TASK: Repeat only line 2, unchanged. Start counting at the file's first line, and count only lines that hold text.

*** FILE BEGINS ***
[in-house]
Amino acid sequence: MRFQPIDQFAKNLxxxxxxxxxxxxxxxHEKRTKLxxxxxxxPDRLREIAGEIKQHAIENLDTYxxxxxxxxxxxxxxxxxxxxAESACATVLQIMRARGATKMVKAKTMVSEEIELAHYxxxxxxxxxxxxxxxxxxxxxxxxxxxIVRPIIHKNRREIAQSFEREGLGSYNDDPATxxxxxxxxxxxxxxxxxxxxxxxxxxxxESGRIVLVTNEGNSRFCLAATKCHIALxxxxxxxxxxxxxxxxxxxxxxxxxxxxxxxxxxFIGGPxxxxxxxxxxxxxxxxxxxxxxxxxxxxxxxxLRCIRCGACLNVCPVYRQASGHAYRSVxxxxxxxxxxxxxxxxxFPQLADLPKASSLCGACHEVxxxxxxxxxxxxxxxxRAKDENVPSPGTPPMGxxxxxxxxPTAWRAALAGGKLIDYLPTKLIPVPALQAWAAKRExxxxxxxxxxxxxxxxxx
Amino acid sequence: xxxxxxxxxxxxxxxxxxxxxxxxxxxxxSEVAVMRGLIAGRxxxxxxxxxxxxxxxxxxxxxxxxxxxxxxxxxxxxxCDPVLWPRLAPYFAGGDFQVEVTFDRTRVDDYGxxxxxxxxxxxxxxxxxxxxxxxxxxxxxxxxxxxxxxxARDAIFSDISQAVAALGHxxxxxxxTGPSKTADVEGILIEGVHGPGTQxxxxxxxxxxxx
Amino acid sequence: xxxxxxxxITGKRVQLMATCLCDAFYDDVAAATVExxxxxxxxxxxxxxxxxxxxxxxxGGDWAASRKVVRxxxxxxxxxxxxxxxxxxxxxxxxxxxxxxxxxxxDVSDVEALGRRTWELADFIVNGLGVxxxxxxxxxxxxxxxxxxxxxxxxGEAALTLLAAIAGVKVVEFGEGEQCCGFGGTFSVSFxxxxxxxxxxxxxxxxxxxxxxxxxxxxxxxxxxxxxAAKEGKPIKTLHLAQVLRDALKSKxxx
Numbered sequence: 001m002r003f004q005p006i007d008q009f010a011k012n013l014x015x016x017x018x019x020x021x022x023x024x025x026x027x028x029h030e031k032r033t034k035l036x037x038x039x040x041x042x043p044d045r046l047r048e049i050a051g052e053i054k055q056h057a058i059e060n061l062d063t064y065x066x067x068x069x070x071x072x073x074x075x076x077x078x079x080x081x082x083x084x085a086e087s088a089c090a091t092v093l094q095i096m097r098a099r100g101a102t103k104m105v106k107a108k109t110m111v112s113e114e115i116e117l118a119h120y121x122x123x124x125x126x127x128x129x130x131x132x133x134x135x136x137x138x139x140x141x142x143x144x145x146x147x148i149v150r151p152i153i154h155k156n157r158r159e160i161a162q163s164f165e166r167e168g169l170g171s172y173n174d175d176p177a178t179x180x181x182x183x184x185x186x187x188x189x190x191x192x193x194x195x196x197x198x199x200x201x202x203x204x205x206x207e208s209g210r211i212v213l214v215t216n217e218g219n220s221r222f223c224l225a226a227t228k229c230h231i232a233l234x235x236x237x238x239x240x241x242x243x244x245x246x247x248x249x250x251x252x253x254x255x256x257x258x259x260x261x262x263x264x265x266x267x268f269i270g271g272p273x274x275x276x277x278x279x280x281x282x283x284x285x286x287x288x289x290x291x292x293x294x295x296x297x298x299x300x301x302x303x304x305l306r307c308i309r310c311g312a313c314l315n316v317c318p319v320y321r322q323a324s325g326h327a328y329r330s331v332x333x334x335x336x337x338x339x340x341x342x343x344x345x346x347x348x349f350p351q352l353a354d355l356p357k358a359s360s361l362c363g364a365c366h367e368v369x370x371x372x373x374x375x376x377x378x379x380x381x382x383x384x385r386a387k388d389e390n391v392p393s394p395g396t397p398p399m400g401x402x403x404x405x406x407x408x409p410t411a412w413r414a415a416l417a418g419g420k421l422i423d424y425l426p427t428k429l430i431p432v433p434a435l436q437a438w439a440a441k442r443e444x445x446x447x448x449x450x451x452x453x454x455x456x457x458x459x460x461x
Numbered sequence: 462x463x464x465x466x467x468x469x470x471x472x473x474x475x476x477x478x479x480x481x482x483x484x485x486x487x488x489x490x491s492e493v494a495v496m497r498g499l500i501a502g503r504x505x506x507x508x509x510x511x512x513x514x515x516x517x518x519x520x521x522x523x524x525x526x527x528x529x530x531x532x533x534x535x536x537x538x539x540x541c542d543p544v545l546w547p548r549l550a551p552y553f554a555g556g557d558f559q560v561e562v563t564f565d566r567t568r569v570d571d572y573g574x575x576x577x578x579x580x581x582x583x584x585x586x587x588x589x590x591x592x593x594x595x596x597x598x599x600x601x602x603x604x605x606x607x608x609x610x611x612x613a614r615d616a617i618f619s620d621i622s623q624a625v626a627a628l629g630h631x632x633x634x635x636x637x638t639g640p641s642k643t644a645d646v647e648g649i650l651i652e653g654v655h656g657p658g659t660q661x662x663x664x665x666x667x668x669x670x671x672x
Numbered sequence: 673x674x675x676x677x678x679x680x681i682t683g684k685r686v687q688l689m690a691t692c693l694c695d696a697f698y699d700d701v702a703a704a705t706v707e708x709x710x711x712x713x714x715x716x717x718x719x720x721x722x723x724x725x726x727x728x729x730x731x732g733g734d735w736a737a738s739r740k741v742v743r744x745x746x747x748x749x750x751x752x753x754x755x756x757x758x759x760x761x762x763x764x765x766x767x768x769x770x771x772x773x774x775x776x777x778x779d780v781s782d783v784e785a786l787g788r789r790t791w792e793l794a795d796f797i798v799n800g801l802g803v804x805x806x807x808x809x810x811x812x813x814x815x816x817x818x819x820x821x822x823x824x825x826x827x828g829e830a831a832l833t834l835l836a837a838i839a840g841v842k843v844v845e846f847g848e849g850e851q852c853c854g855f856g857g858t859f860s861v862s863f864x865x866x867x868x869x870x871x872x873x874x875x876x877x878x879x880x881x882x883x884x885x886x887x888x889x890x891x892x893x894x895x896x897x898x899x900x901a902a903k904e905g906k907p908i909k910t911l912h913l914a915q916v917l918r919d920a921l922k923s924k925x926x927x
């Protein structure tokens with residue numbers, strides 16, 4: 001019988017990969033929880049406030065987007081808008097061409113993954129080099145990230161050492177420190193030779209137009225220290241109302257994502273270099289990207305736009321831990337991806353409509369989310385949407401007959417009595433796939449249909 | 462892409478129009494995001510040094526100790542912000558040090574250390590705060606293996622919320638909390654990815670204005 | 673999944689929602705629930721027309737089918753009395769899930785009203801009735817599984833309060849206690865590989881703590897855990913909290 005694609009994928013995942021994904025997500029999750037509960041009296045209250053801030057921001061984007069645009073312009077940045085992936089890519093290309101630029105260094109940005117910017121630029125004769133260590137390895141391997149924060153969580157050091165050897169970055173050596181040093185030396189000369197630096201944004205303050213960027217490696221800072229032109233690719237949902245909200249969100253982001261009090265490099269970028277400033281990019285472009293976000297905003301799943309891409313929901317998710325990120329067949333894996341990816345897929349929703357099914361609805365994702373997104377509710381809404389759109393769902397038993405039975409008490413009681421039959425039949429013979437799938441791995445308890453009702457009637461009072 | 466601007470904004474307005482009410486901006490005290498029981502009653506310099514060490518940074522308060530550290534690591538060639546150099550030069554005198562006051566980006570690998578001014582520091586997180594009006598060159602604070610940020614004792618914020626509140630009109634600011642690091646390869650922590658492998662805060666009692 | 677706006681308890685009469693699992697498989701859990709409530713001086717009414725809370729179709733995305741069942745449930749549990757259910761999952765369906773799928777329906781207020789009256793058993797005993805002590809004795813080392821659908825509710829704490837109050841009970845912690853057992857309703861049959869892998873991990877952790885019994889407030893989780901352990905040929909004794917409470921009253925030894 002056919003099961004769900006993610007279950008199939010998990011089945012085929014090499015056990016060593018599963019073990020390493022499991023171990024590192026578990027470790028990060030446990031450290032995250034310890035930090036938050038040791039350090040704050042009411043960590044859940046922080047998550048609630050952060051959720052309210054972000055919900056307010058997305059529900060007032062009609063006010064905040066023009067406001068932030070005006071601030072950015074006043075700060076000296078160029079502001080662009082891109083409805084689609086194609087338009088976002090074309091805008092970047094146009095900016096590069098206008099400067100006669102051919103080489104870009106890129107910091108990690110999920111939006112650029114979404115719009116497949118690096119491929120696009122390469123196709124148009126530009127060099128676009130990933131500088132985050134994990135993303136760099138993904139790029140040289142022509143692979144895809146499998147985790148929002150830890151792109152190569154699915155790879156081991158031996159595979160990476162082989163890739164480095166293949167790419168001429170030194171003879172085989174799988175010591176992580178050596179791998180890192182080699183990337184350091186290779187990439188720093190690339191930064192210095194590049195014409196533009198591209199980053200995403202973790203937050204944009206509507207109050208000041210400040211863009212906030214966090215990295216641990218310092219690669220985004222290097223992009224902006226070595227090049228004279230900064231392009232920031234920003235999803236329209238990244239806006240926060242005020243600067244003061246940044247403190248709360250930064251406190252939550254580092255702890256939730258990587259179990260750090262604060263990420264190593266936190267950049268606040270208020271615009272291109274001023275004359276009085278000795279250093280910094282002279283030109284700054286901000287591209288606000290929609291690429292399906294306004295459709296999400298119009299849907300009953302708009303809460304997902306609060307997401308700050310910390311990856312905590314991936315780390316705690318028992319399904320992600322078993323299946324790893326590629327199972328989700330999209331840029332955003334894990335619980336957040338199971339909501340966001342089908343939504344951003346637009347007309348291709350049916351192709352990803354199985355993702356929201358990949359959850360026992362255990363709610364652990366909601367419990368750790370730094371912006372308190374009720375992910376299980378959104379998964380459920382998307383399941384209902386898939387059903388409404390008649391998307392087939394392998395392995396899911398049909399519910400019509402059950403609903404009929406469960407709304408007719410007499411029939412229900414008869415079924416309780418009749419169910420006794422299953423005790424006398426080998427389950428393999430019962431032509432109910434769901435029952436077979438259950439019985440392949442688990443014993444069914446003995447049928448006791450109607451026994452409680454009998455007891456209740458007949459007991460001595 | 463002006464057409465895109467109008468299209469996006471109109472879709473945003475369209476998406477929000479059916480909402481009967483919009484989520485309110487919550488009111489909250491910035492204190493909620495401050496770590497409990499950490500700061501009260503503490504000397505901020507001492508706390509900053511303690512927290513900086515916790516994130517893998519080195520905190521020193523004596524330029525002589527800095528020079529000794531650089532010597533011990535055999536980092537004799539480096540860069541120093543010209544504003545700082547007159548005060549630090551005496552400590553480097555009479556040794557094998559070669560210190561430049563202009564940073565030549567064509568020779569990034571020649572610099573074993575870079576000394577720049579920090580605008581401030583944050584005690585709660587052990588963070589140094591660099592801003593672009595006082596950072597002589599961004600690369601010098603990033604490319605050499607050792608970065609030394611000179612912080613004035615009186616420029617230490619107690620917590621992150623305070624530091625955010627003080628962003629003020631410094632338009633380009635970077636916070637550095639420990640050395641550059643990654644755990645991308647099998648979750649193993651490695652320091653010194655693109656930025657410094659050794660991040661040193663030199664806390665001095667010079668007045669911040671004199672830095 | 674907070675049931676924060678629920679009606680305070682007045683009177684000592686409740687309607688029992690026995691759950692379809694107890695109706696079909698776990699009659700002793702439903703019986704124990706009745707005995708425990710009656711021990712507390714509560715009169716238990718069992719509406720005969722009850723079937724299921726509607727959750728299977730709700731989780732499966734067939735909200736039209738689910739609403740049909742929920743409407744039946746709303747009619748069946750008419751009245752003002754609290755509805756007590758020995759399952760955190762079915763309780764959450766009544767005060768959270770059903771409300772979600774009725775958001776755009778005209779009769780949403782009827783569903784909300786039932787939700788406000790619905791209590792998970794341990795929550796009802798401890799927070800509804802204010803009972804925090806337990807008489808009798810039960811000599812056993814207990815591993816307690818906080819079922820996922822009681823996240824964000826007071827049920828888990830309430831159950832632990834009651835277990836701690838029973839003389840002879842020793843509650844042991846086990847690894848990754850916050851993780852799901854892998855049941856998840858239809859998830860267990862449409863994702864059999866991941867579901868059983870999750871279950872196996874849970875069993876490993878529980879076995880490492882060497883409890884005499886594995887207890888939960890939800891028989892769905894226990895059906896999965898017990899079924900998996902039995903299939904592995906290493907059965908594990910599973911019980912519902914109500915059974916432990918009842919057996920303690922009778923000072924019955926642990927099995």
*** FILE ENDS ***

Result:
Amino acid sequence: MRFQPIDQFAKNLxxxxxxxxxxxxxxxHEKRTKLxxxxxxxPDRLREIAGEIKQHAIENLDTYxxxxxxxxxxxxxxxxxxxxAESACATVLQIMRARGATKMVKAKTMVSEEIELAHYxxxxxxxxxxxxxxxxxxxxxxxxxxxIVRPIIHKNRREIAQSFEREGLGSYNDDPATxxxxxxxxxxxxxxxxxxxxxxxxxxxxESGRIVLVTNEGNSRFCLAATKCHIALxxxxxxxxxxxxxxxxxxxxxxxxxxxxxxxxxxFIGGPxxxxxxxxxxxxxxxxxxxxxxxxxxxxxxxxLRCIRCGACLNVCPVYRQASGHAYRSVxxxxxxxxxxxxxxxxxFPQLADLPKASSLCGACHEVxxxxxxxxxxxxxxxxRAKDENVPSPGTPPMGxxxxxxxxPTAWRAALAGGKLIDYLPTKLIPVPALQAWAAKRExxxxxxxxxxxxxxxxxx